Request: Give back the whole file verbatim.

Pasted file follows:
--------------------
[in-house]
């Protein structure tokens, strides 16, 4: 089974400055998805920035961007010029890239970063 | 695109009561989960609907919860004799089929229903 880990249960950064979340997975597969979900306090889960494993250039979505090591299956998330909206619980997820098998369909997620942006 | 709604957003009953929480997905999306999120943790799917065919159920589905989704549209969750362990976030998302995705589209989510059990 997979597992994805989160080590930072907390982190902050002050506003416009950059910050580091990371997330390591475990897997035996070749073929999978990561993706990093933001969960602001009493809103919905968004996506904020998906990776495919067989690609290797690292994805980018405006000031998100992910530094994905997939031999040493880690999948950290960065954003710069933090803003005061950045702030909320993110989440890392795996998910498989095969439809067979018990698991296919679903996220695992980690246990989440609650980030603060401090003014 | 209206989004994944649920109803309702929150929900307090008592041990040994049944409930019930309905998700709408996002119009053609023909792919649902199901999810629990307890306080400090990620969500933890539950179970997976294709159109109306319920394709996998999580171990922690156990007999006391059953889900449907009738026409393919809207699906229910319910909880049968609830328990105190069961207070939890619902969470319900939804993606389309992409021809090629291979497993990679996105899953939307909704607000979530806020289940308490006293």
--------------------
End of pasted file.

[in-house]
């Protein structure tokens, strides 16, 4: 089974400055998805920035961007010029890239970063 | 695109009561989960609907919860004799089929229903 880990249960950064979340997975597969979900306090889960494993250039979505090591299956998330909206619980997820098998369909997620942006 | 709604957003009953929480997905999306999120943790799917065919159920589905989704549209969750362990976030998302995705589209989510059990 997979597992994805989160080590930072907390982190902050002050506003416009950059910050580091990371997330390591475990897997035996070749073929999978990561993706990093933001969960602001009493809103919905968004996506904020998906990776495919067989690609290797690292994805980018405006000031998100992910530094994905997939031999040493880690999948950290960065954003710069933090803003005061950045702030909320993110989440890392795996998910498989095969439809067979018990698991296919679903996220695992980690246990989440609650980030603060401090003014 | 209206989004994944649920109803309702929150929900307090008592041990040994049944409930019930309905998700709408996002119009053609023909792919649902199901999810629990307890306080400090990620969500933890539950179970997976294709159109109306319920394709996998999580171990922690156990007999006391059953889900449907009738026409393919809207699906229910319910909880049968609830328990105190069961207070939890619902969470319900939804993606389309992409021809090629291979497993990679996105899953939307909704607000979530806020289940308490006293």